How is it that being pro-farmworker and pro-farmworker rights automatically makes you anti-agriculture and anti-grower? Are growers’ and farmworkers’ rights mutually exclusive? Why can’t a person be in favor of both?
This debate has been waged among all industries and individuals in those industries. Yes, in some cases there are bad actors that are knowingly taking advantage of workers to pad their bottom line. Pursuit of profit without due consideration of farmworkers’ wellbeing may be advantageous to an employer’s earnings, at least in the short-term, but has serious consequences in the long run as it hurts the employer’s ability to retain workers, thus hampering productivity. And, on the macro level, when those same employers are able to lobby and influence farm legislation that is anti-farmworker, it only magnifies those problems.
Pro-farmworker is clearly aligned with being pro-agriculture. Agriculture refers not just to how and what we grow, but how we tend to those working to plant, cultivate, and harvest crops. Farmworkers are just as vital as the crops they pick and in turn require just as much care and attention.
AFOP and organizations like it have spent years advocating for proper working conditions and empowering farmworkers to improve their family and working lives. In doing so, we’re ultimately strengthening the industry as a whole. Farmworkers are often exposed to a range of health and safety hazards and exploitative behaviors, which is why regulatory mechanisms have been put in place to address these needs. This has led to a divide among workers and the agricultural industry and its representatives, feeding into the pro-worker, anti-agriculture debate.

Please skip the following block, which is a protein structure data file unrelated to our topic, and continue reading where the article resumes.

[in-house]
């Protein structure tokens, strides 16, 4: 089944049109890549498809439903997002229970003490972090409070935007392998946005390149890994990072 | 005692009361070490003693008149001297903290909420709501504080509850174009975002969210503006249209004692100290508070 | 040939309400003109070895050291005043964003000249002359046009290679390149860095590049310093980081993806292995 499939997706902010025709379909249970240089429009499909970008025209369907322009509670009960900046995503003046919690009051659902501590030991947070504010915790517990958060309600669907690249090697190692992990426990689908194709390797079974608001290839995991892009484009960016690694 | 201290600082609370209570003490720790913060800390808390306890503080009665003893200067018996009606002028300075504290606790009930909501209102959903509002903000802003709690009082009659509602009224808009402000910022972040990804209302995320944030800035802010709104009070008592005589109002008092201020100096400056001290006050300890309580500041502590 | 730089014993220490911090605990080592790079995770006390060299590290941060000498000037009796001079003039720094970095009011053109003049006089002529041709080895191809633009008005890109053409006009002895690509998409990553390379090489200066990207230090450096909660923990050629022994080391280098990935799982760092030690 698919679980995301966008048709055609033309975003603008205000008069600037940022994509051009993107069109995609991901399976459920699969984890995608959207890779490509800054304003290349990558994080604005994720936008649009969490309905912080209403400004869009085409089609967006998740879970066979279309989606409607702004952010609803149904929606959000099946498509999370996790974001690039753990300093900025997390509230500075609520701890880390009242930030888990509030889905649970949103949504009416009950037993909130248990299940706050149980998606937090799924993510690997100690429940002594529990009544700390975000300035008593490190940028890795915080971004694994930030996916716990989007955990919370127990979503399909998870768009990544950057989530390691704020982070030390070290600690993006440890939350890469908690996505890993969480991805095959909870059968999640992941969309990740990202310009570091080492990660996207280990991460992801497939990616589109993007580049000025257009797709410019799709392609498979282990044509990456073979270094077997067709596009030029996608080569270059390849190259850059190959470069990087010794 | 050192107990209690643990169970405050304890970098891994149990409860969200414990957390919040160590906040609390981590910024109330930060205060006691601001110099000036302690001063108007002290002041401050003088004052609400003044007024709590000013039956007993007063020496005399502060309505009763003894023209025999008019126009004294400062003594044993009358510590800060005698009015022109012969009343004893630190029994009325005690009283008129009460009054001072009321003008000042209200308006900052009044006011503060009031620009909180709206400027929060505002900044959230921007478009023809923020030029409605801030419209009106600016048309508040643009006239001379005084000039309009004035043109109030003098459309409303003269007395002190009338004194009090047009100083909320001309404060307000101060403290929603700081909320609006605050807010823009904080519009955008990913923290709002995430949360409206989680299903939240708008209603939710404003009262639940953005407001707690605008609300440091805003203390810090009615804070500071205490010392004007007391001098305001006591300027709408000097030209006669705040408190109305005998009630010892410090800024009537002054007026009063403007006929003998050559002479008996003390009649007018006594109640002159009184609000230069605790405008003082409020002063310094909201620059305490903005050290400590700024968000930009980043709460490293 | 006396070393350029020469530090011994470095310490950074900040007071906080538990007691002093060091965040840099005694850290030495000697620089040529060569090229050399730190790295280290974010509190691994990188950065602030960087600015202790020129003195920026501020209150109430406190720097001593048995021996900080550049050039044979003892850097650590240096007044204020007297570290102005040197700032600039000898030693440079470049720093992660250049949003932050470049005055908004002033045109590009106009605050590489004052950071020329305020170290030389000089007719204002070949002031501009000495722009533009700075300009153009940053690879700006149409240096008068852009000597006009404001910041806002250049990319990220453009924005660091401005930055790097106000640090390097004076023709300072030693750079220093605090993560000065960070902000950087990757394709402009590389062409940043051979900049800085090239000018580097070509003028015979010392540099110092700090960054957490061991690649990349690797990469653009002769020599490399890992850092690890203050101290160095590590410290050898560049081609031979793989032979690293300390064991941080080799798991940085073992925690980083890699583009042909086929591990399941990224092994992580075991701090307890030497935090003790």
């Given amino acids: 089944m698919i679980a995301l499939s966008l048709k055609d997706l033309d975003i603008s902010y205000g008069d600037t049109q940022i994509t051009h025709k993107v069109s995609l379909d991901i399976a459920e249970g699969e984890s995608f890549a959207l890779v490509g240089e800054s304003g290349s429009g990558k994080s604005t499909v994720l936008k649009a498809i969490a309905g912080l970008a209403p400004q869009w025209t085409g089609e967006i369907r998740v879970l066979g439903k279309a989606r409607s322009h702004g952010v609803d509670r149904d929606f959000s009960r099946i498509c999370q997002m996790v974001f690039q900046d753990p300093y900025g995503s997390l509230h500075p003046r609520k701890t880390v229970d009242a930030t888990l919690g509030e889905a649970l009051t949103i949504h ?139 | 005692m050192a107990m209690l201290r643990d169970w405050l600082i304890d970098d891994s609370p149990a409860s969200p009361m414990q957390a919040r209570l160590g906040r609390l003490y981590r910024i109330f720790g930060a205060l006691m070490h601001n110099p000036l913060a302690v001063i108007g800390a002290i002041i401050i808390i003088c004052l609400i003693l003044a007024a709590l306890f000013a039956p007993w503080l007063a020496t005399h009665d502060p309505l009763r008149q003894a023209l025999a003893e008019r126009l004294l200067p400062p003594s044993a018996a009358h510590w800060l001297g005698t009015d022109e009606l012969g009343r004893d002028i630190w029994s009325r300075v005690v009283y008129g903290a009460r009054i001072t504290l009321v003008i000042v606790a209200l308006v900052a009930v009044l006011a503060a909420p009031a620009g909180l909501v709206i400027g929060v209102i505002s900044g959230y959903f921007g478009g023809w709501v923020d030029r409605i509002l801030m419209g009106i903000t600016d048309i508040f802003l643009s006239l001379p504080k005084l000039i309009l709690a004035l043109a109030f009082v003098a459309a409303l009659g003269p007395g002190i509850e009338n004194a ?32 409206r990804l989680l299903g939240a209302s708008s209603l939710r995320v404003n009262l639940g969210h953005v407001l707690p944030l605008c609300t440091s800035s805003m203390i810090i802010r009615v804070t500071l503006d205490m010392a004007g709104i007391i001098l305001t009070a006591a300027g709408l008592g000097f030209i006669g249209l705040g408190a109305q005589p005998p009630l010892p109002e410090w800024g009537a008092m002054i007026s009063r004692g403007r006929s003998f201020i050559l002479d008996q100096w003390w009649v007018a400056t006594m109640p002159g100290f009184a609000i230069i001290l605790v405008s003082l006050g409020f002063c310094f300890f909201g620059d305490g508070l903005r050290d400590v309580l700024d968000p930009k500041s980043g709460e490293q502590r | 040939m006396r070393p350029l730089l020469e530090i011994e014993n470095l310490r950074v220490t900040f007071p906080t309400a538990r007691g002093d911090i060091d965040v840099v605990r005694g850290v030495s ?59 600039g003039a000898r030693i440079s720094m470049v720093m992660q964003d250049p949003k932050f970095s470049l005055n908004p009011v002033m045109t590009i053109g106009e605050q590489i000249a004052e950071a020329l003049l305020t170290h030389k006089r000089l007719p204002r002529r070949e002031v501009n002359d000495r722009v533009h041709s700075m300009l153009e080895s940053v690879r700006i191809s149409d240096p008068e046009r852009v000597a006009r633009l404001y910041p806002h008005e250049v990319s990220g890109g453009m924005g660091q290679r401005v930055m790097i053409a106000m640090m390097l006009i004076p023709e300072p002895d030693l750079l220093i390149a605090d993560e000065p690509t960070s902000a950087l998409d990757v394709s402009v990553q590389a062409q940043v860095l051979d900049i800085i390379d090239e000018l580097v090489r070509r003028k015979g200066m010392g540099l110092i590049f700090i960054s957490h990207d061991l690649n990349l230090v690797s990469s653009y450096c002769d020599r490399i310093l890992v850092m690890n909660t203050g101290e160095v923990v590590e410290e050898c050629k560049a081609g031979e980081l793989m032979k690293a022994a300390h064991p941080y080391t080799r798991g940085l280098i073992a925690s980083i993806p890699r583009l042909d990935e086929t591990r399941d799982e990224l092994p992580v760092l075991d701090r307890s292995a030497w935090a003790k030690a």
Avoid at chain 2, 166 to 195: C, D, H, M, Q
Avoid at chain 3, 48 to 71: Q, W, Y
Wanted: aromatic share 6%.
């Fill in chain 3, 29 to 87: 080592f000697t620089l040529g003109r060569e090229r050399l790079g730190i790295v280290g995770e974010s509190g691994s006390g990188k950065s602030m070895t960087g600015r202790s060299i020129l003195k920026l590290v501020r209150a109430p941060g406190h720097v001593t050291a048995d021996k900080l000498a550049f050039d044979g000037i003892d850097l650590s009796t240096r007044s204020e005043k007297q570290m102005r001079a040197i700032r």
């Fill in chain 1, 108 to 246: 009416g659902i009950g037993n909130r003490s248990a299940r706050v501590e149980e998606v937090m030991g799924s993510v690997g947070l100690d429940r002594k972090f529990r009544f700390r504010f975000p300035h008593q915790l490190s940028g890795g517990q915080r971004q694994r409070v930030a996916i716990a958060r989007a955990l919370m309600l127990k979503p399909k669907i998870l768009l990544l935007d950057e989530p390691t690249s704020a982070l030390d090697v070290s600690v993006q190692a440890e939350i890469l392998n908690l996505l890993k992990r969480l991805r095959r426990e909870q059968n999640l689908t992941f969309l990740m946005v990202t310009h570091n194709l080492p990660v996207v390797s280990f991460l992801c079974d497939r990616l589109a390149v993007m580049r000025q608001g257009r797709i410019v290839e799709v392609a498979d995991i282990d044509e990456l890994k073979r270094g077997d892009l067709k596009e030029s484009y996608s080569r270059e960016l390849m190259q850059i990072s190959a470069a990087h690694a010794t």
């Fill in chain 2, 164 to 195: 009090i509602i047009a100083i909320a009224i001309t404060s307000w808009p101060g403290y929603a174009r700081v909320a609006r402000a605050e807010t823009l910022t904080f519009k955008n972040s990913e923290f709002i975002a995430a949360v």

Looking at it from the equitable labor standpoint, companies that have adopted transparent labor practices tend to have positive economic growth because of the farmworkers’ increased productivity. The company’s public image also benefits when consumers feel like they are supporting “a good apple” because of the fair treatment and pay of their workers. Look at the “penny per pound” campaign and what was accomplished by major grocery stores signing the Coalition of Immokalee Workers’ Fair Food Program. If you look at it as a supply chain it’s a much easier concept to grasp because no chain is functional if there is a kink in it.
It’s about building a partnership and strengthening those weak links despite having different goals. Fair labor practices yield beneficial outcomes for all involved. And, although the argument remains that regulations, safety programs, or paying ‘living wages’ is a cost that agriculture cannot afford and will be passed down to the consumer, it is a moot point. Consumers have proven that they will in fact pay extra to companies that are addressing these violations. Not to mention, fair workplace practices lead to stronger mental and physical health of farmworkers, thus reinforcing the security of the agricultural workforce.